I think the pigeon people are trying to tell me something.
Late last year, I took a rambunctious fledgling pigeon to a nearby hospital. In April, I drove two [very] baby pigeons to the same hospital. I’m always snapping pigeon photos even when other photographers sweep their lenses right over the pigeon landscape.
So, it shouldn’t have surprised me when Chauncey came along. She’s a racer, bred to be a strong flyer and contender. But for reasons that will forever remain Chauncey’s private reasons, she landed one day at a home up in the Oakland hills and wouldn’t leave. This homer wasn’t going home.
The people there didn’t want Chauncey. And they knew precisely what to do: wait for their neighbor to arrive home and hand her a pigeon. This neighbor just happens to be a fellow volunteer at our wildlife hospital. When Chauncey arrived, she had four raccoons, a hummingbird, three baby cottontails, three baby squirrels and her own pets to contend with. We offered to help her find a home for Chauncey.
Here’s what we didn’t know: pigeons for adoption are more than a dime a dozen. They are abandoned, abused, lost, injured and maimed in so many ways it’s hard to wrap your head around a pigeon’s strife if you care at all for these birds. King Pigeons are raised for food and raised in such a way that their breasts outweigh their capacity to fly well. When they’re tossed outdoors, as they often are, they’re victimized by cars, raptors, cats, and the general hazards of urban life.
Racing pigeons are bred to race. When they reach Chauncey’s age of 10+ years — particularly if they’re not too good at getting back home — they are useless to most racing pigeon lofts. They are sometimes “culled” or strictly confined, owing to their flawed instincts. In Chauncey’s case, her owner was untraceable. Bad paperwork and a defunct racing club. Whether or not they wanted her back we’d never know. But that’s probably a good thing for Chauncey.
So what do you do with an unwanted racing pigeon? Well, you make sure you feed her and give her a little love. She’s been on the road for who knows how long, and needs a safe place to eat and sleep. You help her find a home and an aviary big enough to spread her wings and fly in safety. You talk to her and eventually, she coos with recognition when you come over to visit. You try clicker training her, but fail. You gift her foster home with stuffed toys, Timothy Hay, mirrors and other things that pigeon experts tell you pigeons love. You spend evenings learning about pigeons, fondly referred to as “pij” on Pigeon Talk. You give her bricks to perch on, to file her pigeon nails on. You can’t imagine starting your day anymore without thinking of her. You thank your lucky stars for groups like Mickacoo, who put their lives behind helping these birds.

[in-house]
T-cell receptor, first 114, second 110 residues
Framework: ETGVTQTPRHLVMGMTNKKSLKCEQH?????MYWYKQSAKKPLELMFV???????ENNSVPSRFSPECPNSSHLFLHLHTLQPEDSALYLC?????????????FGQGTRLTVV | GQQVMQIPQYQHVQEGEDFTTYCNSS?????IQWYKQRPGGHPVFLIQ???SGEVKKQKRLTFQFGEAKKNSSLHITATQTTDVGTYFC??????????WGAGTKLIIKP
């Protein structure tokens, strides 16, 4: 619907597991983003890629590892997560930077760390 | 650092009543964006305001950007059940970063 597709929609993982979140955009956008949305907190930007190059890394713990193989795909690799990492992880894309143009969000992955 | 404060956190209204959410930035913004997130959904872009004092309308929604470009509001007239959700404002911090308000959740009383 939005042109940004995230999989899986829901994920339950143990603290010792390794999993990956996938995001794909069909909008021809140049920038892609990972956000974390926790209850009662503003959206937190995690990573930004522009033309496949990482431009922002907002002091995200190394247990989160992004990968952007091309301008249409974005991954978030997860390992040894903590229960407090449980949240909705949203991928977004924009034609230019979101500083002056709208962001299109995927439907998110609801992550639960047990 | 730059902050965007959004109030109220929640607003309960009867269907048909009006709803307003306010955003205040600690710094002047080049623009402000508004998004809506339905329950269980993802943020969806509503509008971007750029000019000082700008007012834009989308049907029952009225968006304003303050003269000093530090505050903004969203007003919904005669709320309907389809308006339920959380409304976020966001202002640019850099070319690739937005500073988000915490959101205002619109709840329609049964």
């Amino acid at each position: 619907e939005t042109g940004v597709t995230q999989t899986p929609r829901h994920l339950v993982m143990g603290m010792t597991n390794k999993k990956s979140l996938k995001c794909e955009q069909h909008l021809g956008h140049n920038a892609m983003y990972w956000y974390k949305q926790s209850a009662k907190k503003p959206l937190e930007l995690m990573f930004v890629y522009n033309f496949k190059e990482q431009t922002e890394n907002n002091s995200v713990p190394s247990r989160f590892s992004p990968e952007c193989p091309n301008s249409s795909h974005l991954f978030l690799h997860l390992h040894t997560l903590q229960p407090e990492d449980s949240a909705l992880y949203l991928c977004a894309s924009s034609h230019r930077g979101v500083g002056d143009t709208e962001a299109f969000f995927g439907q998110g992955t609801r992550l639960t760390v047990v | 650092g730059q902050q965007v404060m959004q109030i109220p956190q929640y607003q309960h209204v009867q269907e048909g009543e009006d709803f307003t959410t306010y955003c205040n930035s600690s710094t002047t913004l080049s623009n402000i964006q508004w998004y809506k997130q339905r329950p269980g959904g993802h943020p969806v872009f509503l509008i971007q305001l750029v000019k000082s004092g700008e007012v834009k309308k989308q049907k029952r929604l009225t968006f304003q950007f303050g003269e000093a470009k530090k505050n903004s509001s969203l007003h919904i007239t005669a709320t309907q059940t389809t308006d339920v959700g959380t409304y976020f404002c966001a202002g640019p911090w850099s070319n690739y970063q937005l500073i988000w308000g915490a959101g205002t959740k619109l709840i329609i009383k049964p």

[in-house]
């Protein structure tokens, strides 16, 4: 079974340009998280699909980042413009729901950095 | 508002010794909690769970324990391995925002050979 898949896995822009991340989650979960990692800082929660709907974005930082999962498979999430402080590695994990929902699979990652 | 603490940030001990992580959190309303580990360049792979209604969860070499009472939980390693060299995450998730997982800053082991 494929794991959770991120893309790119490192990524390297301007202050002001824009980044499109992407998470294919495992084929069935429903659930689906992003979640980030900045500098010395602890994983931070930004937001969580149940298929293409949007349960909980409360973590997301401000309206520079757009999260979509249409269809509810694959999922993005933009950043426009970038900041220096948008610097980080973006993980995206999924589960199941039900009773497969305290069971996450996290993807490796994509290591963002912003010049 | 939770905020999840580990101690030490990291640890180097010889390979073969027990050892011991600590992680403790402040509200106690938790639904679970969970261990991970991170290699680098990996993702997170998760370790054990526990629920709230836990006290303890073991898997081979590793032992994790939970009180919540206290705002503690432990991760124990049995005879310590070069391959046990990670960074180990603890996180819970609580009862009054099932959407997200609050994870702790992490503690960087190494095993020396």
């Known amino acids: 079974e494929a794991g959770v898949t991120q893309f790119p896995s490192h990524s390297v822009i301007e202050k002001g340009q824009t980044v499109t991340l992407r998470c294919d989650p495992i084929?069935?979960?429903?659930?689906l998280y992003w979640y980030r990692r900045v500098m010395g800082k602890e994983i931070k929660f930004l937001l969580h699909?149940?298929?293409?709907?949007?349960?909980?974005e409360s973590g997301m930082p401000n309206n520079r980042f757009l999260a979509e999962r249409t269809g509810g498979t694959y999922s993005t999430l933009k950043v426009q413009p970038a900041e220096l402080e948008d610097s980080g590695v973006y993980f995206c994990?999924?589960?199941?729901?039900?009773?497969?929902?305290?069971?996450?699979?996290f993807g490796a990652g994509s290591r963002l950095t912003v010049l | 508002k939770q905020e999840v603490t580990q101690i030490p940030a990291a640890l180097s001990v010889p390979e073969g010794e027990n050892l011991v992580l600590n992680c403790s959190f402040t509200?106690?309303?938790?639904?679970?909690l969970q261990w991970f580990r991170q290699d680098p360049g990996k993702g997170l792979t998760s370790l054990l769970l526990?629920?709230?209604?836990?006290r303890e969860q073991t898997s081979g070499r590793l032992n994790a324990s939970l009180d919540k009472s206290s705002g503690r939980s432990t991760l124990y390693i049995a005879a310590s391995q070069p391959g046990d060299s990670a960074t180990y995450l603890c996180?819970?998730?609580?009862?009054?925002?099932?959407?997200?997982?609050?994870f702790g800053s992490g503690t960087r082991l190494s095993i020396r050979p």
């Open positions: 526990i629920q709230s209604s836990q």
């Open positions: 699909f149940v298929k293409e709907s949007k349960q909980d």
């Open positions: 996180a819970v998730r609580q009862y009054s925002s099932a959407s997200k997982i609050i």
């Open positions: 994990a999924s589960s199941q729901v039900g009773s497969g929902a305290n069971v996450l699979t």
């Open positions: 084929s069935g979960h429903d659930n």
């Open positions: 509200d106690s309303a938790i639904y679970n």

Most of all, you start to develop genuine respect and appreciation for this common and under-appreciated species of bird. The “rats with wings” adage dies hard and is one of the most unfair designations we’ve smeared on a bird, especially in light of the pigeon’s intelligence and noble history with humans. (Check out Changing Our Cultural View of Pigeons for some insight on how pest-control companies had some influence on this smear campaign.)
Having this inside view into the life of a misunderstood species is a something Hugh and I will always consider a privilege. Our lives were forever altered the day we stepped into our wildlife hospital and fed our first baby bird. Each revelation, each new species and, especially, each animal that personally touches our hearts moves us closer, we hope, toward being a genuinely compassionate species.
(If you’re in the Bay Area and you’re interested in adopting a bird of any species, please check with Mickaboo for information and available rescue birds.)
- Pigeon Talk Forums
Tons of advice on keeping any sort of domestic pigeon and also helping injured wild pigeons
- The Rescue Report
Information on domestic, rescued pigeons available for adoption
The dove and pigeon division of Mickaboo Companion Bird Rescue
- Project Pigeon Watch
Cornell Lab of Ornithology pigeon watching and research project for the public